By Elisabet Medina
When I was in high school, I had a teacher who told me that I was better off taking trigonometry than I would be if took pre-calculus. She was concerned that I couldn’t handle the rigor of pre-calculus. I remember that she was a teacher that would tell us to open our books, read the chapter and do worksheets. When I had a question and would go to her desk, she was on MySpace.com. This teacher basically telling me that I couldn’t do it, forced me to petition to get into pre-calculus. I worked twice as hard getting an A- and then B+ both semesters.
At my first job as a social worker, I once had a supervisor tell me that I was not management material. This supervisor told me I have an inability to make the tough decisions, that I’m too emotionally invested. Now I am a Program Manager, responsible for oversight of all of the Family Shelters in the City and County of San Francisco.
Whether it is because of age, gender, race or other identity, people can underestimate our abilities. The truth is that potential is not boxed in by identity. As women of color we have to break out of the boxes of others’ expectations of what we can achieve.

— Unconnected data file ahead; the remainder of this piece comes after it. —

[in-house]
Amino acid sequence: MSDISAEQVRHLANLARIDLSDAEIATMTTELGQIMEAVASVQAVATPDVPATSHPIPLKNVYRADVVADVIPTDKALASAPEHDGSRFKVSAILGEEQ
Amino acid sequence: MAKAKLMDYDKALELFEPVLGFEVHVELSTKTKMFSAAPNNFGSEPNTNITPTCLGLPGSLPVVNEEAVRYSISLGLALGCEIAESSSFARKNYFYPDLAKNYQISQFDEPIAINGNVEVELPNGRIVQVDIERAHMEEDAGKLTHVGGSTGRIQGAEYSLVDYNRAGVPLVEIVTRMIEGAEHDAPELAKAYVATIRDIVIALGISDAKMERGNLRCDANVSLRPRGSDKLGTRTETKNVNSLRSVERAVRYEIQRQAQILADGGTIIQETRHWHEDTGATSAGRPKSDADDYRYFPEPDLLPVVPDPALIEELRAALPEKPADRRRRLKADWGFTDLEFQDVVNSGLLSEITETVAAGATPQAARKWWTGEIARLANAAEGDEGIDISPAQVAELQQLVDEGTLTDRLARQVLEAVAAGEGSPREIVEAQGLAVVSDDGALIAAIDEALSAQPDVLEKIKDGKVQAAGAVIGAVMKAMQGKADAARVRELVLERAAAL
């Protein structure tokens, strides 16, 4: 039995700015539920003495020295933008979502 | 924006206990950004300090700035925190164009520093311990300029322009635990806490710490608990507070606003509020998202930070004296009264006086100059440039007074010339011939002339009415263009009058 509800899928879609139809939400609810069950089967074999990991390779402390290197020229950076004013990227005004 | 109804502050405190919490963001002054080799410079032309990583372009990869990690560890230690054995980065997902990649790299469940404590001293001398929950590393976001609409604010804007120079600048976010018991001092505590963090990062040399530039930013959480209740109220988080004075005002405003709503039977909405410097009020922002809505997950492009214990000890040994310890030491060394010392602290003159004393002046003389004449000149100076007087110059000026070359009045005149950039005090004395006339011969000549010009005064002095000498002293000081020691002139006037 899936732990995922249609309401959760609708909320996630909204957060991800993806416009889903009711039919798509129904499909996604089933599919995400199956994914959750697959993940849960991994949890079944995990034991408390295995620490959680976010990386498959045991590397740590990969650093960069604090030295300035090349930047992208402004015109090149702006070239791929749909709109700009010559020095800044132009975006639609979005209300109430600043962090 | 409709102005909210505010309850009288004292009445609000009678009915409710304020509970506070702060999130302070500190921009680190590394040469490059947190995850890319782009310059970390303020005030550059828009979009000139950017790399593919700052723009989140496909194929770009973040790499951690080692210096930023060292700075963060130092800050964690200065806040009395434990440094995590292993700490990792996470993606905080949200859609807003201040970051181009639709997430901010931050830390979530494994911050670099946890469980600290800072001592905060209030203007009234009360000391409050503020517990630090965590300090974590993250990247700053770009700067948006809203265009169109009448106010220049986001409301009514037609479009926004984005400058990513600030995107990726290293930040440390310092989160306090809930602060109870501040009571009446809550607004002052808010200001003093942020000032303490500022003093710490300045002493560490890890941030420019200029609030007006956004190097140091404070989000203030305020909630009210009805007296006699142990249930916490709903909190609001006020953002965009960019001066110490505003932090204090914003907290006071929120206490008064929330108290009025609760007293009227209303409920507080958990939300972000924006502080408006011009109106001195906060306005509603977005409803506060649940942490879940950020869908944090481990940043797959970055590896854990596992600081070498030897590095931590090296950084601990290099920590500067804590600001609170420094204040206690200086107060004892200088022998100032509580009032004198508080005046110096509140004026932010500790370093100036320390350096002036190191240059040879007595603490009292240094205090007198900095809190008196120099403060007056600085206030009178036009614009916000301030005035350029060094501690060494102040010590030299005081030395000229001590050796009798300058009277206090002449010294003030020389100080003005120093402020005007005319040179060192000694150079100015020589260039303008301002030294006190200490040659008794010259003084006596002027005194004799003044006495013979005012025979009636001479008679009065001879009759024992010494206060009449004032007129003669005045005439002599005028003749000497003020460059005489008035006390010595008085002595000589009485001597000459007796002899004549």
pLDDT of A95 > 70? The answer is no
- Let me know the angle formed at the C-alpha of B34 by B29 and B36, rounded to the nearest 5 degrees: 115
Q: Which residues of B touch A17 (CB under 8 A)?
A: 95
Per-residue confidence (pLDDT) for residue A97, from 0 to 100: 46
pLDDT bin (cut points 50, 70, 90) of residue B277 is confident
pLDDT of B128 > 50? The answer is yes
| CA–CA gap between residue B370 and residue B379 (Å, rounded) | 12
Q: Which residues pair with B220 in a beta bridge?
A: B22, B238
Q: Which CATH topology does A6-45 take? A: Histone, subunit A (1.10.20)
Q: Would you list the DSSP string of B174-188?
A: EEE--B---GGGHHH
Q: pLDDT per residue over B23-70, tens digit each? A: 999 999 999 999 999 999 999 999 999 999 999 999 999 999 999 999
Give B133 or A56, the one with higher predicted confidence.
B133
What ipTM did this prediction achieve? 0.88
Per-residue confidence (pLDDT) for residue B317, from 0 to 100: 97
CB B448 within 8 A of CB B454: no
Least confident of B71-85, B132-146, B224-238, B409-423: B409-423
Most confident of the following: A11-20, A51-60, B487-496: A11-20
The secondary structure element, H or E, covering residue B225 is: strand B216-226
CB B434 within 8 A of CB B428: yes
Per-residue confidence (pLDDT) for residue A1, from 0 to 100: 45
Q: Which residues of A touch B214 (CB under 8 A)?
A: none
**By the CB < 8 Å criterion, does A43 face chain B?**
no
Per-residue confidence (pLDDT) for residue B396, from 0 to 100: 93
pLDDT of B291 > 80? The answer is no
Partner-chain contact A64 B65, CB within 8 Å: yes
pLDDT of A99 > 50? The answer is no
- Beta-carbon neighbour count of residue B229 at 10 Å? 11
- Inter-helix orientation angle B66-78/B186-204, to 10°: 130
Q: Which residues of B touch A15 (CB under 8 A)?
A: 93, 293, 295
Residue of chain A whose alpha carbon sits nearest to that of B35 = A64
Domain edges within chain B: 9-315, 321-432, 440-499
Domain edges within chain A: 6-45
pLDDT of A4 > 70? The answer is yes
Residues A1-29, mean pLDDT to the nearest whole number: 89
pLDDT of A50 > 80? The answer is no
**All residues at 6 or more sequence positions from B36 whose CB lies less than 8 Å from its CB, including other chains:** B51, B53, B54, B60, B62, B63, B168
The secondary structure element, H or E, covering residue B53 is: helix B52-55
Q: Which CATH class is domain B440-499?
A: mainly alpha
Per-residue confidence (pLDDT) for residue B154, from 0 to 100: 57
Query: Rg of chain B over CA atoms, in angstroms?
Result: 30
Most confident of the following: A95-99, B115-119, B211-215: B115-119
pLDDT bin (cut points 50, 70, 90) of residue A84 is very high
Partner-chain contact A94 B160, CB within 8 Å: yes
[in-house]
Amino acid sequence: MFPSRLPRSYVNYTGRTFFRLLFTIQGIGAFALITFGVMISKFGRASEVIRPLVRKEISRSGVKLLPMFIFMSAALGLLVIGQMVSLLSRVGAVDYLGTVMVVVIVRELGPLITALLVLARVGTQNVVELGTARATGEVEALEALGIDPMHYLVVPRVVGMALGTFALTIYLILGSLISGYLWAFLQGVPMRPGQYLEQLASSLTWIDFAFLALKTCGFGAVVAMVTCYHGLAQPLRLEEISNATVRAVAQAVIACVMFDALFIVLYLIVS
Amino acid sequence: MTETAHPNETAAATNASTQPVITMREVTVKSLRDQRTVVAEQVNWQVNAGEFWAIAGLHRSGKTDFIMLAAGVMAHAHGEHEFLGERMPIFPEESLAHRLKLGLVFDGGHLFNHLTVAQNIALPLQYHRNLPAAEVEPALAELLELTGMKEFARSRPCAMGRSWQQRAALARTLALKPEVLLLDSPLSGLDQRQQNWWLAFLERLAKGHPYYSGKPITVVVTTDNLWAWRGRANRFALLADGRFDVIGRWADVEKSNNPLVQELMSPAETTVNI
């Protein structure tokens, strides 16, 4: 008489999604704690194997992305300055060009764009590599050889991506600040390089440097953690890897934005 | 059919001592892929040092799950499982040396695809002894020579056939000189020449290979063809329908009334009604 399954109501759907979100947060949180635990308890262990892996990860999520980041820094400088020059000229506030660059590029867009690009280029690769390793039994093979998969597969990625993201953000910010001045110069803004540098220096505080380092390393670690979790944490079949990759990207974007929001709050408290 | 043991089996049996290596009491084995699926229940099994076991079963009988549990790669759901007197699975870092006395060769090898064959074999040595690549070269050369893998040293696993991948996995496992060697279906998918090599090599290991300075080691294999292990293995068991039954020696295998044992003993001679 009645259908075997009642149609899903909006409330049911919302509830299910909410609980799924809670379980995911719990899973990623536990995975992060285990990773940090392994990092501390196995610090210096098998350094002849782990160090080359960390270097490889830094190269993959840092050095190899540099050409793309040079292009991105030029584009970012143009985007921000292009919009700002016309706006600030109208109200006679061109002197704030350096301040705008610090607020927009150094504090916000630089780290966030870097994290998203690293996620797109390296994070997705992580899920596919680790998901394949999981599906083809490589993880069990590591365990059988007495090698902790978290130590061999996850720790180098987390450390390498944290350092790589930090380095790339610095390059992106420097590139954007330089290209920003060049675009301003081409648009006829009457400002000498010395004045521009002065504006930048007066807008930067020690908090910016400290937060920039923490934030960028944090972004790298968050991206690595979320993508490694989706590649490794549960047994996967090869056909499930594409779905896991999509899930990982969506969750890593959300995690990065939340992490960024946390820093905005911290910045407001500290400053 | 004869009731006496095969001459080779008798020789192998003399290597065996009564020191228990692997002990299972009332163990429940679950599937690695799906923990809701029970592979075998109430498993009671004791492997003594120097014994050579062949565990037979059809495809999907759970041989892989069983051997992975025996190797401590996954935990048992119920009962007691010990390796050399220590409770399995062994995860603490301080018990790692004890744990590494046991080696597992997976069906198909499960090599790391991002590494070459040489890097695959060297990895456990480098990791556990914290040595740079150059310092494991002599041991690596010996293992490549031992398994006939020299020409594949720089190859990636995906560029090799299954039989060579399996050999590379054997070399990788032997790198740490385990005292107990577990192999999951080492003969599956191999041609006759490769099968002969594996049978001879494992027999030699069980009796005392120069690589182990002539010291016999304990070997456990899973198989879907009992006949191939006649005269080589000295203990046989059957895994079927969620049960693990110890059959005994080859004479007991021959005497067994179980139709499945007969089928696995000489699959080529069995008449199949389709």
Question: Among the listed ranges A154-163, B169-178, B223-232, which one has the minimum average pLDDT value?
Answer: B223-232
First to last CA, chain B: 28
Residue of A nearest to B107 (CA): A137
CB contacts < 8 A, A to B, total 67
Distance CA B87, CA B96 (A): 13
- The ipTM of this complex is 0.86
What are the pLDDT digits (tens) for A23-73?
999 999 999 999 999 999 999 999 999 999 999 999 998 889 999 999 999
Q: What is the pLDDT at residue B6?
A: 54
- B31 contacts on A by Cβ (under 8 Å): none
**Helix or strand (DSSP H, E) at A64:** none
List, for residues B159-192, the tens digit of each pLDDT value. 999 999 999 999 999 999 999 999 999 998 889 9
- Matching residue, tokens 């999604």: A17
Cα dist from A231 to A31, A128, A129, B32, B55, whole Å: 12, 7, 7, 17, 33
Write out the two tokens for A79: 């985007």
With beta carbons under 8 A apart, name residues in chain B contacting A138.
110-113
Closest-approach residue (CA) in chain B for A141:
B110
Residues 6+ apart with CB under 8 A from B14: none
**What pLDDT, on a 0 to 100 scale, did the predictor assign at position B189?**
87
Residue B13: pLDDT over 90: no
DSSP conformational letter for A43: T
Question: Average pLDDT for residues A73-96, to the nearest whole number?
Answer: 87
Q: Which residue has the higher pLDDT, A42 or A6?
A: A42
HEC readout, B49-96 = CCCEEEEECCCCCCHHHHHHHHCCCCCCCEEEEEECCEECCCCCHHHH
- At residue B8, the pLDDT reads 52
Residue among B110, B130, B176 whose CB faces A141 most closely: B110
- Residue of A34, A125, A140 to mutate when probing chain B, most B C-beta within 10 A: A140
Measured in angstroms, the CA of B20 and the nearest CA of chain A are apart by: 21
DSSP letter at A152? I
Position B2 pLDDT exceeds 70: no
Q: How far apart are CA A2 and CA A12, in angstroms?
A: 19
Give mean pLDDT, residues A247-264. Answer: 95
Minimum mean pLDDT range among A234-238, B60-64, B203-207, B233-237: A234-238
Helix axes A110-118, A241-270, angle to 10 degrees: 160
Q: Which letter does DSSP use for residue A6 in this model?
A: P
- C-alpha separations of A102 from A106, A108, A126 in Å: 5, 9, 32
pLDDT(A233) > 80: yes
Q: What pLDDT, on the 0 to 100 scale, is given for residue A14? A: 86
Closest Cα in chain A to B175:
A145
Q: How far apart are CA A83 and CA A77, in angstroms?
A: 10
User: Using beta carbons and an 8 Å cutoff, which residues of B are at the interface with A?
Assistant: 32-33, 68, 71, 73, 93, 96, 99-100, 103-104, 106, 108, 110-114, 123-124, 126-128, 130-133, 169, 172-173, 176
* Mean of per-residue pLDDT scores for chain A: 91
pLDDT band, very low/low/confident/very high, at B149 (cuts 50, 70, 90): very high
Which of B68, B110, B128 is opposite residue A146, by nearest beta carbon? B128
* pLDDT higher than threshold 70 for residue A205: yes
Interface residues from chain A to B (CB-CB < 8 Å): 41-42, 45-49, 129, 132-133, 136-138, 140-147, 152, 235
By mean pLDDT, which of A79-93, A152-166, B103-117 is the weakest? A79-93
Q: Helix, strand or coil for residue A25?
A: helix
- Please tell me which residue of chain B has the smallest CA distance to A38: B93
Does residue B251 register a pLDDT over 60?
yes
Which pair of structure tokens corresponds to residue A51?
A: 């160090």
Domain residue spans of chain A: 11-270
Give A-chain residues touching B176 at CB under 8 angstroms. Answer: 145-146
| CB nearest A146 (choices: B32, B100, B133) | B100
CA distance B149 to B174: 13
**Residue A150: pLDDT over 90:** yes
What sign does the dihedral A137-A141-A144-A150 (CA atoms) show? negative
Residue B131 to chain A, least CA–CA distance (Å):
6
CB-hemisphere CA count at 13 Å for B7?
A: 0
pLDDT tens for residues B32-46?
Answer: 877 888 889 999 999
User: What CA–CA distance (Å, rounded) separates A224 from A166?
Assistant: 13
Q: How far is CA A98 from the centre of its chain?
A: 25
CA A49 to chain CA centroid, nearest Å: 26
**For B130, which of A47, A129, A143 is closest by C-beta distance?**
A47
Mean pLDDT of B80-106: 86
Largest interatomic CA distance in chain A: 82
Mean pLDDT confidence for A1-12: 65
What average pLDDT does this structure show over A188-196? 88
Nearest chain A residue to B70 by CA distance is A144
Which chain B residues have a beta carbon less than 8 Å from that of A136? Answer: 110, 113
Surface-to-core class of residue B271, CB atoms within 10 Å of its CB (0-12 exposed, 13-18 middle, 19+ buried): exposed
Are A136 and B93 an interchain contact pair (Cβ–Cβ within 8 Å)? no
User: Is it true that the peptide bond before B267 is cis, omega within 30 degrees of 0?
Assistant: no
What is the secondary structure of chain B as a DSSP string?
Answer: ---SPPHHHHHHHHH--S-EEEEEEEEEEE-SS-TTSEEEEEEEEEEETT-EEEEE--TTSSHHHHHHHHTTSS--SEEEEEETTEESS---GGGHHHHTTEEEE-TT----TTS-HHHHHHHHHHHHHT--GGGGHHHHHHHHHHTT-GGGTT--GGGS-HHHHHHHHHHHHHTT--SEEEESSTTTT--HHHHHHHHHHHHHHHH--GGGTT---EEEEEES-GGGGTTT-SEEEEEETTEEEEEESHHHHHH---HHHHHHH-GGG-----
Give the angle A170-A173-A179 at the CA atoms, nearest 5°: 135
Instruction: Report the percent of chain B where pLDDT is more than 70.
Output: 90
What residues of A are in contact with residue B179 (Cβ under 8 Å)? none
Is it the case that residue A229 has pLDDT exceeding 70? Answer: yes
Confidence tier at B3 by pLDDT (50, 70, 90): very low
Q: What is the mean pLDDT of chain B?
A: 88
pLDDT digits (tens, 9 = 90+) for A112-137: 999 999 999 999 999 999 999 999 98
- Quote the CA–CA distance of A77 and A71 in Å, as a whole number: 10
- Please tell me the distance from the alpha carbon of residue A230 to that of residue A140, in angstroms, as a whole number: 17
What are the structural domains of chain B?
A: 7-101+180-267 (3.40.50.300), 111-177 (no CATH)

Let’s put our talents and energy towards efforts that acknowledge all we bring to the table. Look for people and opportunities that believe in you and see your limitless potential. Be on guard for people and environments that are toxic and only serve to tokenize. There are environments that preach diversity, equity and inclusion but in practice do not give opportunities for people of color to be in positions of power. And if there are people of color in decision making roles they are often undermined and discredited.
Be thankful for the people that don’t think you can do it, go out prove them wrong, learn from those opportunities and grow where you are planted. Let’s put our time, energy and talent towards what matters- making a difference in our communities and empowering others.